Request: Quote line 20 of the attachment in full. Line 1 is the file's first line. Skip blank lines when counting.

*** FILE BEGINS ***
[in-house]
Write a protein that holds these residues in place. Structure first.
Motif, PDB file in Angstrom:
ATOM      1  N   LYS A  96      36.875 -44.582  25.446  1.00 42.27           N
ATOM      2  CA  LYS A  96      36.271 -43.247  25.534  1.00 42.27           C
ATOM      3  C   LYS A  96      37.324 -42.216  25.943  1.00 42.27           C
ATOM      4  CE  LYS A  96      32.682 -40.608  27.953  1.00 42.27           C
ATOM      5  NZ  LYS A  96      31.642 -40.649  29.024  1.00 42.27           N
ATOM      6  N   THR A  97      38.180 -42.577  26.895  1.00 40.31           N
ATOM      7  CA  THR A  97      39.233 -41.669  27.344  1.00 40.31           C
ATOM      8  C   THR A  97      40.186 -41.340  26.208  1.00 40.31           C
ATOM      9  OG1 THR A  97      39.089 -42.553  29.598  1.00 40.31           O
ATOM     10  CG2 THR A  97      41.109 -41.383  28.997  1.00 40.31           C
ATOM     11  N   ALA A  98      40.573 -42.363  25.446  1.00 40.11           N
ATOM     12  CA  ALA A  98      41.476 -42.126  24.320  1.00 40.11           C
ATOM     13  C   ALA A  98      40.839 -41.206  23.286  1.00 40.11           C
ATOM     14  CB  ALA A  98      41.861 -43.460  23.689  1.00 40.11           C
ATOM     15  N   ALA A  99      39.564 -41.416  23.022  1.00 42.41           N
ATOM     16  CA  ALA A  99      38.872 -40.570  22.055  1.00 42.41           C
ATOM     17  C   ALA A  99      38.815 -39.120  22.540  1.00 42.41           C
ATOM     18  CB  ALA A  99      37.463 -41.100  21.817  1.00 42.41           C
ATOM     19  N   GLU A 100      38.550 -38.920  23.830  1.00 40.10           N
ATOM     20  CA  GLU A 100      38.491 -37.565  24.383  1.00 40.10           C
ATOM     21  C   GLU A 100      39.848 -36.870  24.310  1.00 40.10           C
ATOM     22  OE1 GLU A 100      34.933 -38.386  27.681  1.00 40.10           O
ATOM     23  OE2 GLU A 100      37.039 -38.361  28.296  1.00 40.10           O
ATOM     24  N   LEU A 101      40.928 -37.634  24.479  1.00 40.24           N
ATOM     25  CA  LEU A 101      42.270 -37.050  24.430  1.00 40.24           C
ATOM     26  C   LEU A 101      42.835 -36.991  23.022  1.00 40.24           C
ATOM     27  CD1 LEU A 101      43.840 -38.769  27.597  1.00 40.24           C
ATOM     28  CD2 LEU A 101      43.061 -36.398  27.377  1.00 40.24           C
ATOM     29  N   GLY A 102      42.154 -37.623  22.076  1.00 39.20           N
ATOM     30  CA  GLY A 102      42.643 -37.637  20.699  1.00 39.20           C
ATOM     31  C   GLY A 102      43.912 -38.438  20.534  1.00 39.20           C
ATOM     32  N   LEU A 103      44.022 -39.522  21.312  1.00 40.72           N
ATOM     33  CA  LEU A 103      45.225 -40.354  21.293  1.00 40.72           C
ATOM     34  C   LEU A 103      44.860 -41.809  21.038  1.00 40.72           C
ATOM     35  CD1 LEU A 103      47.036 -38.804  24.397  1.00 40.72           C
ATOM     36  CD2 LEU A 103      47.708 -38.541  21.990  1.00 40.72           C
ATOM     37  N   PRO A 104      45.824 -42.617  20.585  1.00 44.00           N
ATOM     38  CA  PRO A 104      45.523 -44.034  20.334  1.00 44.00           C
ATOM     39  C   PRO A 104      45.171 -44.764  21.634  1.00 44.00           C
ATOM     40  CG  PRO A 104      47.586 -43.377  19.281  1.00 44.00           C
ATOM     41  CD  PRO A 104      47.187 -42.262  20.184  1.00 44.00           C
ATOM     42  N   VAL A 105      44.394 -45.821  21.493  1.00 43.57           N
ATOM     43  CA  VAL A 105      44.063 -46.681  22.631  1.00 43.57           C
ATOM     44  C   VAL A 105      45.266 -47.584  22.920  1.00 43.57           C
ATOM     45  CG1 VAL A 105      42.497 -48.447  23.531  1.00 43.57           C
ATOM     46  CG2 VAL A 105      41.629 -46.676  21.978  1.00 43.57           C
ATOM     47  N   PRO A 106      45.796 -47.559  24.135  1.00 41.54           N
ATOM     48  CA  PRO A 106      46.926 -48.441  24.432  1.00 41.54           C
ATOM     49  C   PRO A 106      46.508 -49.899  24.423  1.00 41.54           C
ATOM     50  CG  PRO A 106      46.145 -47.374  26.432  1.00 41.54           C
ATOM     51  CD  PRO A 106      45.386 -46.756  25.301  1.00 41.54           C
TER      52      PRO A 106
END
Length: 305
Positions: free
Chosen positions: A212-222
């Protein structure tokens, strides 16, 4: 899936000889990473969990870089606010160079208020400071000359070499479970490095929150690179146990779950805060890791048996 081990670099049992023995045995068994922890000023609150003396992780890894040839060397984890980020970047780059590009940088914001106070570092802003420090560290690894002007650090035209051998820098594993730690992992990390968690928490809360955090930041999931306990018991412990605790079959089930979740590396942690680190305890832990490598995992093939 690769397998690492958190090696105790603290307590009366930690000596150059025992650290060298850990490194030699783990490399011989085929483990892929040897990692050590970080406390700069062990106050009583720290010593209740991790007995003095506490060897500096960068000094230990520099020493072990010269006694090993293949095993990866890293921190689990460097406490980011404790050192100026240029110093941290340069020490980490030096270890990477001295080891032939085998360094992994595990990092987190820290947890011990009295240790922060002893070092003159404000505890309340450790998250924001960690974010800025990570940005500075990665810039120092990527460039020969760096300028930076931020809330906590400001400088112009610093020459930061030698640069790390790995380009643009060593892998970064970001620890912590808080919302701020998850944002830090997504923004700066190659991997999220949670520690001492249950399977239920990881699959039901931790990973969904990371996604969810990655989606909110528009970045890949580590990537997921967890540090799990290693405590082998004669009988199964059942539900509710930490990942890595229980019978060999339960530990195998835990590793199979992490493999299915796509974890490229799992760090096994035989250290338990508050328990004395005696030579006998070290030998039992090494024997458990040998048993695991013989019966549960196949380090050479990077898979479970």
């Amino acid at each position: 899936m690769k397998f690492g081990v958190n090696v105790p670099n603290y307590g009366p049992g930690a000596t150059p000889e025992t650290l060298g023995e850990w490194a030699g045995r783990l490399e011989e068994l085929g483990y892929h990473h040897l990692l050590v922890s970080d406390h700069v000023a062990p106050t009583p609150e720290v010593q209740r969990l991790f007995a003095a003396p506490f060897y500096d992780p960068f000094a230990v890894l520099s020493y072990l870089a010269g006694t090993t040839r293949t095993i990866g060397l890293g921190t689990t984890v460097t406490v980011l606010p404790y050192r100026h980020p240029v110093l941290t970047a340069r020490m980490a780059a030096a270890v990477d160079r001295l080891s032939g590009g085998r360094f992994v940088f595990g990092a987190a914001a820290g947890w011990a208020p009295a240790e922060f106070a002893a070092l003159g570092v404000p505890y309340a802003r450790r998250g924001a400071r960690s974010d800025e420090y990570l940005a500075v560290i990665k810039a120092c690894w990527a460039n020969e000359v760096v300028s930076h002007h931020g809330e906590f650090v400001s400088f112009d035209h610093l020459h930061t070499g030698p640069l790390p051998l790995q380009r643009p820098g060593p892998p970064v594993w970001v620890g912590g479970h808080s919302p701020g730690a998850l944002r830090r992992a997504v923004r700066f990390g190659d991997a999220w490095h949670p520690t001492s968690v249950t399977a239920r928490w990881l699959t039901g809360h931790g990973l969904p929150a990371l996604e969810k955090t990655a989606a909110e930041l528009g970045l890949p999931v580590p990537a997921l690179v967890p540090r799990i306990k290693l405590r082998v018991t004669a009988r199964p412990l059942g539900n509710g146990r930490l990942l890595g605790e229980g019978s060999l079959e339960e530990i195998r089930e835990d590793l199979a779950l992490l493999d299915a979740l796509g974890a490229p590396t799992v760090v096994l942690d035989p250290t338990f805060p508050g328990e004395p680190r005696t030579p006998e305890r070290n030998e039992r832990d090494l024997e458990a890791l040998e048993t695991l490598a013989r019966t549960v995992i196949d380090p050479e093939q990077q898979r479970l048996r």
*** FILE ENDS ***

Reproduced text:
ATOM     17  C   ALA A  99      38.815 -39.120  22.540  1.00 42.41           C